Introduction To LIGO

LIGO is a programming language for writing Tezos smart contracts. Smart contracts are a unique domain with extreme resource constraints and even more extreme security risks. Unlike desktop, mobile, or web application development smart contracts cannot rely on cheap CPU time and memory. All resources used by contracts are expensive, and tracked as 'gas costs'. Smart contracts often directly control money or assets, which if stolen could rack up to a large financial loss to the contracts controllers and users. Tezos smart contracts live on the blockchain forever, if there's a bug in them they can't be patched or amended. Naturally under these conditions it's not possible to develop smart contracts the way we're used to developing user facing applications.

LIGO is designed with these problems in mind. The design philosophy can be described in a few bullet points:

  1. Make a clean, simple language with no unnecessary parts.

  2. Offer multiple familiar syntaxes so users can get up and running quickly.

  3. Encourage people to write simple code, so that it's easy to formally verify the compiled output using a project like Mi-Cho-Coq.

  4. Significantly reduce the risk that your smart contract will lose its balance to an avoidable exploit.

LIGO is a functional language designed to include the features you need, while avoiding patterns that make formal verification hard. Most useful smart contracts can express their core functionality in under a thousand lines of code. This makes them a good target for formal methods, and what can't be easily proven can at least be extensively tested. The simplicity of LIGO also keeps its compiled output unbloated. Our hope is to have a simple, strongly typed language with a low footprint.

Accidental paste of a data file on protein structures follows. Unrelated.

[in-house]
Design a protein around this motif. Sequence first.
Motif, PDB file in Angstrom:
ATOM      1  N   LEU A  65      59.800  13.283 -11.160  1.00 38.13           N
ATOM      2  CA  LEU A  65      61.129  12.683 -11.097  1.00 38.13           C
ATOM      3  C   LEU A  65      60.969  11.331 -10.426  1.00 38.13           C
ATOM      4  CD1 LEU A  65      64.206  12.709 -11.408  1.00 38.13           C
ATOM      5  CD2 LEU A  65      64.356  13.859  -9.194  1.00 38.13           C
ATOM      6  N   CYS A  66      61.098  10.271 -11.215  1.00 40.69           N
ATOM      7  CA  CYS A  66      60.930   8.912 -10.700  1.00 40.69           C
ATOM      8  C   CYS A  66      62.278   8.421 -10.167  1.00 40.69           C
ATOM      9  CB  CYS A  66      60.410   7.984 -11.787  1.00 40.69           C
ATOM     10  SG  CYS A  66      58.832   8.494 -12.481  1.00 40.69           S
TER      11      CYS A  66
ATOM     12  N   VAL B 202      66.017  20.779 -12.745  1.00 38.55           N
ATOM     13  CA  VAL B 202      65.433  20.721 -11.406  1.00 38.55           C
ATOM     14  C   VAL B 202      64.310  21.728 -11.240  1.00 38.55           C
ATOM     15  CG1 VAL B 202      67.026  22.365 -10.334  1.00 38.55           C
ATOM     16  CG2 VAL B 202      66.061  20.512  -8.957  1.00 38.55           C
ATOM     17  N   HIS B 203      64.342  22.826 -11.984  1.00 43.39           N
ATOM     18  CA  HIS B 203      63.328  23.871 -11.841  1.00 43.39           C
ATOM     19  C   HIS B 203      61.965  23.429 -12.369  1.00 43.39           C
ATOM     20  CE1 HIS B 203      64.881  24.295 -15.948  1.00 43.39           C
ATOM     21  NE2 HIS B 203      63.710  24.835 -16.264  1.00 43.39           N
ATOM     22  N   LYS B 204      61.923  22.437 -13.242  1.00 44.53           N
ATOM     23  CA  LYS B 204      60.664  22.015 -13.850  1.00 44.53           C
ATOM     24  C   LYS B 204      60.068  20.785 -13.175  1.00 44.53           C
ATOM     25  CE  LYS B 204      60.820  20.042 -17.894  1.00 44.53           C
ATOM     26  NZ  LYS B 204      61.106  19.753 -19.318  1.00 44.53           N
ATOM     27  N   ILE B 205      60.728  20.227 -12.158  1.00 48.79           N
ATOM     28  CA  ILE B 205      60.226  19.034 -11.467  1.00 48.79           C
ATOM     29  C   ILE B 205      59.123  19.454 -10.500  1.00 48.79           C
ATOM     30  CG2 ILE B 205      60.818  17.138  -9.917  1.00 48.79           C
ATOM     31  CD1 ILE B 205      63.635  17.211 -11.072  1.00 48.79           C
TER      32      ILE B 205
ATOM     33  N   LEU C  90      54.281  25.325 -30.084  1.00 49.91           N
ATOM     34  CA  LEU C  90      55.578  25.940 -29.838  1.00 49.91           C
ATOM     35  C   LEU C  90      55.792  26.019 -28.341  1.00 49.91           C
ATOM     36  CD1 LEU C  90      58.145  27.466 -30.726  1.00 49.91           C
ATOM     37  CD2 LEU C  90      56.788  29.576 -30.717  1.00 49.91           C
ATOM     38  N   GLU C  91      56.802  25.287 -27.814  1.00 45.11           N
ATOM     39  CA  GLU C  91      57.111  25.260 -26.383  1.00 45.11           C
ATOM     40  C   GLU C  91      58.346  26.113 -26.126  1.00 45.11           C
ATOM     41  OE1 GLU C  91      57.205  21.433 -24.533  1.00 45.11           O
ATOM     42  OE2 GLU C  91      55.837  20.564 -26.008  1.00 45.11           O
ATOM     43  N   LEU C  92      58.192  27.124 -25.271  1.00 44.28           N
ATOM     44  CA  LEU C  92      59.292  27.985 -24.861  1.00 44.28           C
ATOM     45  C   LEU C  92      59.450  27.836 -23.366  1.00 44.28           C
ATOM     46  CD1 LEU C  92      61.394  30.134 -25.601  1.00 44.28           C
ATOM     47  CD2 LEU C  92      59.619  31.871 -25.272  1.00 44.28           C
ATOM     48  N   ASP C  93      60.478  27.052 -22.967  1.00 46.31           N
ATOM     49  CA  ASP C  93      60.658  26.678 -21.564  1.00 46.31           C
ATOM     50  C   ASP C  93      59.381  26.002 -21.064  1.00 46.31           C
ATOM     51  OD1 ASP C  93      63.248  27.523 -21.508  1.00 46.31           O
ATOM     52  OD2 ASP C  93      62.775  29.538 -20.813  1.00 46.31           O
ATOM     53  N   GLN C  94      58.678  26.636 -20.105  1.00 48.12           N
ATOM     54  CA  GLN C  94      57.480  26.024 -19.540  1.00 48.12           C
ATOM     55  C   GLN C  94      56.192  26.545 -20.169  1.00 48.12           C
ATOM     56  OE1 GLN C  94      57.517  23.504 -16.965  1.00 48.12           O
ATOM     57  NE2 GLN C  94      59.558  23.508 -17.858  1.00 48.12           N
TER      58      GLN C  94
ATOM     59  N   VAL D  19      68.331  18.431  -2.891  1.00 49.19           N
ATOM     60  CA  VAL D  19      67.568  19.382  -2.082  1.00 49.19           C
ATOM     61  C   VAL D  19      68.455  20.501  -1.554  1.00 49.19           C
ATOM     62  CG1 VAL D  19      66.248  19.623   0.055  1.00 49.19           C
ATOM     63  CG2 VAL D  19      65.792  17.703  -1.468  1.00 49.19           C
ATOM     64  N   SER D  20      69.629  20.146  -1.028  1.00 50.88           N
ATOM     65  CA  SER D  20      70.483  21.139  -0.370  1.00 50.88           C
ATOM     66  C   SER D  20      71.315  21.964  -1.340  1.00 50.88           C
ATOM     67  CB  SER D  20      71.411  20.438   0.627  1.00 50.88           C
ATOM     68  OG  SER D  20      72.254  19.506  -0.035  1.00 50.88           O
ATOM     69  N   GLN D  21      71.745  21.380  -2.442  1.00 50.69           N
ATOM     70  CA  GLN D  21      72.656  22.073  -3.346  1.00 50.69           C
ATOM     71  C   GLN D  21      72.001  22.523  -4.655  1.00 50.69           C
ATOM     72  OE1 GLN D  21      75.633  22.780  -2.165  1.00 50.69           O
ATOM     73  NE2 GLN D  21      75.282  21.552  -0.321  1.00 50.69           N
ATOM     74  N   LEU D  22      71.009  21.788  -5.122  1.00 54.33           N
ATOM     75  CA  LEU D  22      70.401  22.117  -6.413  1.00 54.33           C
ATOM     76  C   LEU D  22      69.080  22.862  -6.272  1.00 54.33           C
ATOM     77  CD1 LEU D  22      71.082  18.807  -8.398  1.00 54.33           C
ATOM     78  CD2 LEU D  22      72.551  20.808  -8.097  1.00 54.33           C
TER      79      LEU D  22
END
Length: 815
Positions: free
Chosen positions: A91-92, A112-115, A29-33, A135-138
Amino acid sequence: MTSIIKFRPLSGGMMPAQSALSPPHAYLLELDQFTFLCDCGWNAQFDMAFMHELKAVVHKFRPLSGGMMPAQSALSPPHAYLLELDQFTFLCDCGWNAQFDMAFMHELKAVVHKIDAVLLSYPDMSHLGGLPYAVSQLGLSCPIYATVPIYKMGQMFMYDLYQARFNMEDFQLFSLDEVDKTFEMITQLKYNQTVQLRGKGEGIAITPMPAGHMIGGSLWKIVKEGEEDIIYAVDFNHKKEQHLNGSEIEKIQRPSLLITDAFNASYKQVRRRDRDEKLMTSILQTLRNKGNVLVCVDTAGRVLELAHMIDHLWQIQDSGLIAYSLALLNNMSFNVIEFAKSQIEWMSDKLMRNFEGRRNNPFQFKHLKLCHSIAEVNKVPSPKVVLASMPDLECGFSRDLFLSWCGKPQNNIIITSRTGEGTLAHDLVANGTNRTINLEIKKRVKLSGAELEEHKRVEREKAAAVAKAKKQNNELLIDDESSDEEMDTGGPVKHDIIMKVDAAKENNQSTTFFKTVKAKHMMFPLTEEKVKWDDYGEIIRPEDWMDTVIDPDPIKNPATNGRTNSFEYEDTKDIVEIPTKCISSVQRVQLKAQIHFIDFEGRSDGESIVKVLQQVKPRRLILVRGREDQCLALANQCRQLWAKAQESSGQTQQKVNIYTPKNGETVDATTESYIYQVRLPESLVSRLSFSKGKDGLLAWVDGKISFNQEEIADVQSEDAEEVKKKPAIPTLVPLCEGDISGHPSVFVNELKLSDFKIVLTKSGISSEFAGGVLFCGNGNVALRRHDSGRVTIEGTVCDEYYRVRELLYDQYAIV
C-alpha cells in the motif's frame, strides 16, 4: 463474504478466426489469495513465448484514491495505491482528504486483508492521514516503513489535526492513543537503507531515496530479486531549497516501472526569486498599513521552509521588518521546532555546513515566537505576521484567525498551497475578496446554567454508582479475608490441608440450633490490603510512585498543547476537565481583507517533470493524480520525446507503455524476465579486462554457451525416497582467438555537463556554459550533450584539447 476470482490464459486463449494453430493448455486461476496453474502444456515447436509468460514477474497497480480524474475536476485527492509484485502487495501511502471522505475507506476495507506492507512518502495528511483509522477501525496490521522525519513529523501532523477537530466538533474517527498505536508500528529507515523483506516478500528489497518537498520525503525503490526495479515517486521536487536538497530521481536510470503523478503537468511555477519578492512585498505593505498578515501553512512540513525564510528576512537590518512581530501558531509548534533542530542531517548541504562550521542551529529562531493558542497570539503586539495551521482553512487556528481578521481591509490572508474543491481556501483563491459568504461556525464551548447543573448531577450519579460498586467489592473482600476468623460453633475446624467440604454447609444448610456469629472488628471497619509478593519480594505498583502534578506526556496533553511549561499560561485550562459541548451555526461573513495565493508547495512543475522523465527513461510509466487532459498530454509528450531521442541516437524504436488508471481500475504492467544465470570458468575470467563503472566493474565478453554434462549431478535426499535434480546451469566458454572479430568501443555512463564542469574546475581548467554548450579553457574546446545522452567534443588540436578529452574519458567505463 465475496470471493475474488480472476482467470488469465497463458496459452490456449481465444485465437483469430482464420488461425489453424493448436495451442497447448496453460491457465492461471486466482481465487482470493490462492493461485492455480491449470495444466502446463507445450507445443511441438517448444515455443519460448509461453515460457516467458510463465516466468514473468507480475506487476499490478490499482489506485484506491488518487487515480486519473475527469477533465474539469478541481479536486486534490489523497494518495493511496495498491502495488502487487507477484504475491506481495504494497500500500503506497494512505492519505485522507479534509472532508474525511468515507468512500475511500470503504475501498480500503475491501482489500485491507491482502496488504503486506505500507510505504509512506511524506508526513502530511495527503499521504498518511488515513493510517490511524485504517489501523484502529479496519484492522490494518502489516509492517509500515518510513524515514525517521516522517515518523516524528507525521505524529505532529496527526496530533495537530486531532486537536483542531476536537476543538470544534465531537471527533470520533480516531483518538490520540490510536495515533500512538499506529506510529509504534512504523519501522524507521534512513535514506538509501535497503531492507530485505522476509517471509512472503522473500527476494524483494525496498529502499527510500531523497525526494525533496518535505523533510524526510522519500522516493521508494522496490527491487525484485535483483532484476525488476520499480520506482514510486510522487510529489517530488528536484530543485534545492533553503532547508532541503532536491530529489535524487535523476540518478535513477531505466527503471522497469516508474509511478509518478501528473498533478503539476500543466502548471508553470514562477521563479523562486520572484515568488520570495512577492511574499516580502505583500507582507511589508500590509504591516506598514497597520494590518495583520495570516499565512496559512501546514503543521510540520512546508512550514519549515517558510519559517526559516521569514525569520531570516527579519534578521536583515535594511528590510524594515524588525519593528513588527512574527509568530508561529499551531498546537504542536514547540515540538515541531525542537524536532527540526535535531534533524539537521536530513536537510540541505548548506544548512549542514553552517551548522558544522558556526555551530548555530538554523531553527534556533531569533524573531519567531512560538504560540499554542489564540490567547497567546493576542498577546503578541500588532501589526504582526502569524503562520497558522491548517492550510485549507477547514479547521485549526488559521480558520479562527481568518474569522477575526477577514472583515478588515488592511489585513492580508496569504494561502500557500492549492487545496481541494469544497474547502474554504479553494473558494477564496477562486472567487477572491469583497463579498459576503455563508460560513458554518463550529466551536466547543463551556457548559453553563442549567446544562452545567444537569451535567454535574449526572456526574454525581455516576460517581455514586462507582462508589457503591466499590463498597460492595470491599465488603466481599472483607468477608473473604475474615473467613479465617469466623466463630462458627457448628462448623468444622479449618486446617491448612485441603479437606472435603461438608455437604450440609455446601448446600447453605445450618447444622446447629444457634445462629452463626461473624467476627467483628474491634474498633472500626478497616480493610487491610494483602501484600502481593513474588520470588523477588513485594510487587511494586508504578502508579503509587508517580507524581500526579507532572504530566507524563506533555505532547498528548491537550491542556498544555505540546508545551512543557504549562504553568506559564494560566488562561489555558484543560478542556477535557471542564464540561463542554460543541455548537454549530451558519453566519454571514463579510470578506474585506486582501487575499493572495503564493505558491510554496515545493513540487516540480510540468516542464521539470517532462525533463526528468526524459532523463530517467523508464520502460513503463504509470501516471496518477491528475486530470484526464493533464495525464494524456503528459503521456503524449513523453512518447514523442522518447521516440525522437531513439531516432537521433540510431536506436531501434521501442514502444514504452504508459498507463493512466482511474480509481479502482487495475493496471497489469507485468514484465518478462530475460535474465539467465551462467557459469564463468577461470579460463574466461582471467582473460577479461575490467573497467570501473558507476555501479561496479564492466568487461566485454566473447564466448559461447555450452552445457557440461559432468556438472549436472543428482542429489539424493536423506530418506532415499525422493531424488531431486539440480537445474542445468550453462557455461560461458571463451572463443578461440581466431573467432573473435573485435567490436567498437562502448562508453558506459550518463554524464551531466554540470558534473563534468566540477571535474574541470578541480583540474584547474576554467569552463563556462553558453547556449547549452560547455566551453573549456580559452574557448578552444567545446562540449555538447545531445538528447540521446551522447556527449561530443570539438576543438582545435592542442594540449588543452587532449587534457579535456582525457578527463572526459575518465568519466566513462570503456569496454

LIGO currently offers three syntaxes:

  • PascaLIGO, a syntax inspired by Pascal which provides an imperative developer experience.

  • CameLIGO, an OCaml inspired syntax that allows you to write in a functional style.

  • ReasonLIGO, an ReasonML inspired syntax that builds on the strong points of OCaml. It aims to be familiar for those coming from JavaScript.

Let's define some LIGO contract in the three flavours above. Do not worry if it is a little confusing at first; we will explain all the syntax in the upcoming sections of the documentation.

type storage is int
type parameter is
Increment of int
| Decrement of int
| Reset
type return is list (operation) * storage
function main (const action : parameter; const store : storage) : return is
((nil : list (operation)),
case action of
Increment (n) -> store + n
| Decrement (n) -> store - n
| Reset -> 0
end)

This LIGO contract accepts the following LIGO expressions: Increment(n), Decrement(n) and Reset. Those serve as entrypoint identification.


Runnable code snippets & exercises

Some of the sections in this documentation will include runnable code snippets and exercises. Sources for those are available at the LIGO Gitlab repository.

Snippets

For example code snippets for the Types subsection of this doc, can be found here: gitlab-pages/docs/language-basics/src/types/**

Exercises

Solutions to exercises can be found e.g. here: gitlab-pages/docs/language-basics/exercises/types/**/solutions/**

Running snippets / exercise solutions

In certain cases it makes sense to be able to run/evaluate the given snippet or a solution, usually there'll be an example command which you can use, such as:

ligo evaluate-value -s pascaligo gitlab-pages/docs/language-basics/src/variables-and-constants/const.ligo age
# Outputs: 25